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Ultimate insider vs. ultimate outsider, and no winner

Why election is important for energy: Mark Grant

There was no clear winner or loser in Monday night's presidential debate, said Mark Grant, managing director at Hilltop Securities, on CNBC's "Squawk Box" on Tuesday morning.

Grant was not willing to view the dollar's fall against the Mexican peso Tuesday morning as an indication of who won the debate.

There was, however, an interesting duality between the candidates, he said. "Forget the politics of being a Democrat or a Republican for a moment. You've got the ultimate insider in [Hillary] Clinton and the ultimate outsider in [Donald] Trump," Grant said.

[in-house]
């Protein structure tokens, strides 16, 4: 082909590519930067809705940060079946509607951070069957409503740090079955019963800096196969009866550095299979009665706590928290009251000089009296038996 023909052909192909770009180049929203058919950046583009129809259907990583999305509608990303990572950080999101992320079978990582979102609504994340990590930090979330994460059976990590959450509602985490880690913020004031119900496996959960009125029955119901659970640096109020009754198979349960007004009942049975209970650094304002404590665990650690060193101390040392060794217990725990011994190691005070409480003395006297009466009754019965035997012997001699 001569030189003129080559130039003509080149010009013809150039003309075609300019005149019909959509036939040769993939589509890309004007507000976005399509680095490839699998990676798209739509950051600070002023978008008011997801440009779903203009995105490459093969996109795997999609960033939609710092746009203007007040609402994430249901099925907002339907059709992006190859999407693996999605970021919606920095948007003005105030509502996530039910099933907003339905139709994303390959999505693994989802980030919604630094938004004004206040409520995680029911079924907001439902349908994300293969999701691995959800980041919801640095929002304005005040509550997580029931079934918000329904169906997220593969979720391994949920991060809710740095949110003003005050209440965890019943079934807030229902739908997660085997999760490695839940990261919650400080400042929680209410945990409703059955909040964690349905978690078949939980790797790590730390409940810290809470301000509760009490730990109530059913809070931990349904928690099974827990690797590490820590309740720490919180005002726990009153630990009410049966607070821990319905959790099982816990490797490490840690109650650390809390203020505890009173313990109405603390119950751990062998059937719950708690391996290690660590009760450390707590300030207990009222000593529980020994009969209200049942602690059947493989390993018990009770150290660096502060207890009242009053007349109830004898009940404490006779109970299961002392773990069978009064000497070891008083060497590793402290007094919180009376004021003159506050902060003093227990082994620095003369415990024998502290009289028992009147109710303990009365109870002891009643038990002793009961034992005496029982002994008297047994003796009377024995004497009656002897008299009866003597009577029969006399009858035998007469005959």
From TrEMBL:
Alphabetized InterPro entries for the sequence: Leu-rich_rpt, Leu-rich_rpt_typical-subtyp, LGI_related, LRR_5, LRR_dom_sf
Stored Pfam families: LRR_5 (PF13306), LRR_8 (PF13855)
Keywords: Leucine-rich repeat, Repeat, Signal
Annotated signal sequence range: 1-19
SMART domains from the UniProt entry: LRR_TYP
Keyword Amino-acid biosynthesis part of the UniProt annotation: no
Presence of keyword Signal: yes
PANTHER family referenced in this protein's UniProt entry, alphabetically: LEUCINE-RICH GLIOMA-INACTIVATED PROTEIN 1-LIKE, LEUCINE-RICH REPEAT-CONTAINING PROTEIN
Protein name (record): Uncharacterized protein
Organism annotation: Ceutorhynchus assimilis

Though Grant is firmly independent and has not financially supported either candidate at this point, he sees Trump's outsider attitude as politically attractive to Americans unhappy with the direction of the country and believes that it makes the real estate mogul likely to win November's election.

One area where Grant saw a meaningful divide is in energy. Clinton is against coal and the fracking industry; Trump is in favor of them. Either way, Grant said, he would like the United States to become energy-independent and "not reliant upon Saudi Arabia, Iran and Iraq, and these countries that are fostering terrorism in our country."

Overall, the debate struck Grant as underwhelming and not focused on economic issues he wanted to see discussed. It left the question of who the next president will be still unclear, which feeds into market activity.

Grant foresaw markets going back into lower yields again and noted their movement after the Fed's decision not to raise interest rates, which he believes to have been the right decision.

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